Nepal (VBB/MNN) — In the Himalayas, thousands of people from high mountain villages gather in a central location for the winter.
It's here in this remote village that a Vision Beyond Borders team got creative. Knowing thousands of people were now gathered into a large community, they began to pray. The team wanted to share the Gospel with as many people as possible.
VBB's contacts in the country work to translate and record God's Word in each of Nepal's 153 dialects. They then carry the audio Bible to remote villages on Sabers, digital hand-wind players preloaded with recorded Scripture in an mp3 format.
Most villagers in these remote areas of Nepal have never heard the name of Jesus Christ, but they hear the Gospel for the first time on the Sabers. Such was the case in a remote Himalayan village where teams sought a way to share the recordings en masse.
Suddenly, the team had an idea to broadcast the audio Bible through a local radio station. The station's workers agreed, as they had never encountered something like this before. The station was reportedly so enthralled to have something in their own language that they didn't question the program's content.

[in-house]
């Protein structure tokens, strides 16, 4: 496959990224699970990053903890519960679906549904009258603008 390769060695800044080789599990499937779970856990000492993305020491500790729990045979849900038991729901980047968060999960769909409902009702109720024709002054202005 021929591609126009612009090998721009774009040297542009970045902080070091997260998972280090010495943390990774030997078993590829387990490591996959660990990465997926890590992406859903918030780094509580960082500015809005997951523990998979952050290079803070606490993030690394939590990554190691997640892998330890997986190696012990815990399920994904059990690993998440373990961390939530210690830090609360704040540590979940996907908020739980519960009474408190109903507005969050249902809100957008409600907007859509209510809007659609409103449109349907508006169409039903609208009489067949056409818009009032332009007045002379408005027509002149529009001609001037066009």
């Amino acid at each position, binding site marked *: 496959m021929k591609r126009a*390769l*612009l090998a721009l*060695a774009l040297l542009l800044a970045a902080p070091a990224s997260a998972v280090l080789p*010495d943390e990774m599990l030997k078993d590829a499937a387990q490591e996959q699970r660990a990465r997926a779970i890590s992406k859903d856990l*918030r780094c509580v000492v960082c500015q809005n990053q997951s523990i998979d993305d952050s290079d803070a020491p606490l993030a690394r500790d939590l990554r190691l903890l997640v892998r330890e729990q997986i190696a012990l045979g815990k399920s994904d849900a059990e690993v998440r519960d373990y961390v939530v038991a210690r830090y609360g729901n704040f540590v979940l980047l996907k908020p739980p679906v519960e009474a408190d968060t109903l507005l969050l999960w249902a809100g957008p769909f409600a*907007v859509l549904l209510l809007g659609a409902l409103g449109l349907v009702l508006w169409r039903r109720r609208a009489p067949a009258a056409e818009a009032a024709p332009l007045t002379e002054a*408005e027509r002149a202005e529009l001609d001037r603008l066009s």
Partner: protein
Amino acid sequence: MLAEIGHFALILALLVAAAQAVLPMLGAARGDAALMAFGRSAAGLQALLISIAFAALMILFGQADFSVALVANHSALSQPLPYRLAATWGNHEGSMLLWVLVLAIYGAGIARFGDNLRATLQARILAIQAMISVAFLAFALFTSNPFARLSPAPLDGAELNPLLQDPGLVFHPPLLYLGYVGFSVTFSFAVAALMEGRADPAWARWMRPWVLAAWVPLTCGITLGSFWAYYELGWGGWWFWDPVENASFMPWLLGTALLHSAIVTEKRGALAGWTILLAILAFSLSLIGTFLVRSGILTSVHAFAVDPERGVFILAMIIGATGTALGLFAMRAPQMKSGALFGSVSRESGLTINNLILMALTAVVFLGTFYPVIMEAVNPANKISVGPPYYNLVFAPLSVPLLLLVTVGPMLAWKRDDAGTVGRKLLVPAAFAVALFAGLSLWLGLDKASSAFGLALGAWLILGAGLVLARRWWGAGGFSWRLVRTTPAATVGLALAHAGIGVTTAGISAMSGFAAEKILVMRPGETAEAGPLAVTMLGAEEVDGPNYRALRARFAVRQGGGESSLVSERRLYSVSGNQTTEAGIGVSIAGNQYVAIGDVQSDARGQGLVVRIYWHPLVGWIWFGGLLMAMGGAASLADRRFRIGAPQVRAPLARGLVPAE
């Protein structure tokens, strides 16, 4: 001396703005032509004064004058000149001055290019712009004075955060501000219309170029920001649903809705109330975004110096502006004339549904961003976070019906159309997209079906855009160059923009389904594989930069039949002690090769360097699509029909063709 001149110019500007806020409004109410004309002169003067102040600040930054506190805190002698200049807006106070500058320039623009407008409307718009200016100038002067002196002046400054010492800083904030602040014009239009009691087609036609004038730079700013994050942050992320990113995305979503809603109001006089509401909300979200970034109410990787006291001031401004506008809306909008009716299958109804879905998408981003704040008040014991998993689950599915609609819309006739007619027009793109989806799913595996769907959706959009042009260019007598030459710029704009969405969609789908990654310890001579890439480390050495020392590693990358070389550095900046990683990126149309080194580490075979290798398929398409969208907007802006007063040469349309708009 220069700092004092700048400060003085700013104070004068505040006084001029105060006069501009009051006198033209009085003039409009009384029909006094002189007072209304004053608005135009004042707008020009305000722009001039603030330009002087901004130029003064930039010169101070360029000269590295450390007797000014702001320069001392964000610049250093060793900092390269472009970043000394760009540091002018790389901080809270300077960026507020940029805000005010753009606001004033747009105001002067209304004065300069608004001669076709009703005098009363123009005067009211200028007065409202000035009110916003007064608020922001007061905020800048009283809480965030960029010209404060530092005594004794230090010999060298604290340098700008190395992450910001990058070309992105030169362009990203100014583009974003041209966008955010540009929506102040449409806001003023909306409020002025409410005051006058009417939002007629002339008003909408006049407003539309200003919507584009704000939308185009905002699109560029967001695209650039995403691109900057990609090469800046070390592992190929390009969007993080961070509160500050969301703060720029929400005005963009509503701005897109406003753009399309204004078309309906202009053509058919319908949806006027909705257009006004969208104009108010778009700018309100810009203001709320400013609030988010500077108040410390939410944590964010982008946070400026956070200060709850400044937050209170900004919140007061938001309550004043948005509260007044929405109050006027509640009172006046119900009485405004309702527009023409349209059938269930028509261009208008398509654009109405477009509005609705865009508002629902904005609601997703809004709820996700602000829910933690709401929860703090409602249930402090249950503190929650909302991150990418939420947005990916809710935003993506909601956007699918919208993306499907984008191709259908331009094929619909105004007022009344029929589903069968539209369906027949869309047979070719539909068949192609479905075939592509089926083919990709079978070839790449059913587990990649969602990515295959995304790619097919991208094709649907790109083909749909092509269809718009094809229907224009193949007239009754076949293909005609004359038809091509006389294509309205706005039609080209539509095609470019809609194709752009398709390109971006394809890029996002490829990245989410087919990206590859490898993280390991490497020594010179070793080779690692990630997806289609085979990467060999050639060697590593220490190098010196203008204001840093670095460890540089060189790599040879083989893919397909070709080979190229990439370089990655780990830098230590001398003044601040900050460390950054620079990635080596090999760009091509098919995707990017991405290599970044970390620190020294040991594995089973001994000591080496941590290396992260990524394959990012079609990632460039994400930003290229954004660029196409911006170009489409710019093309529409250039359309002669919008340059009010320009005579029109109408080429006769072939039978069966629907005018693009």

The VBB team signed a contract with the radio station, agreeing to broadcast the Sabers' content twice a day for 10 days, during peak hours in both the evening and morning. As a result, some 150,000 people heard the Gospel in their heart language!
Pray that those who heard the Message would repent and turn to Christ for salvation.
Because of Nepal's extremely low adult literacy rate–56% according to UNESCO, audio Bibles are one of the most effective ways to share God's Word with villagers and help them understand its meaning. VBB contacts find that the Saber's unusual nature as a hand-wind tape recorder draws attention.
Out of curiosity, villagers listen to the recording of the entire Gospel. VBB says the Holy Spirit then draws these unbelievers into a relationship with the Living God.
Pray that these recordings will especially touch the hearts of Nepalese young people. According to Operation World, most of Nepal's youth live in rural areas, where education and opportunity are hard to come by. Illiteracy is widespread, and young people are vulnerable to exploitation of all forms: drug trafficking, sex trafficking, HIV/AIDS, and political or religious radicalization.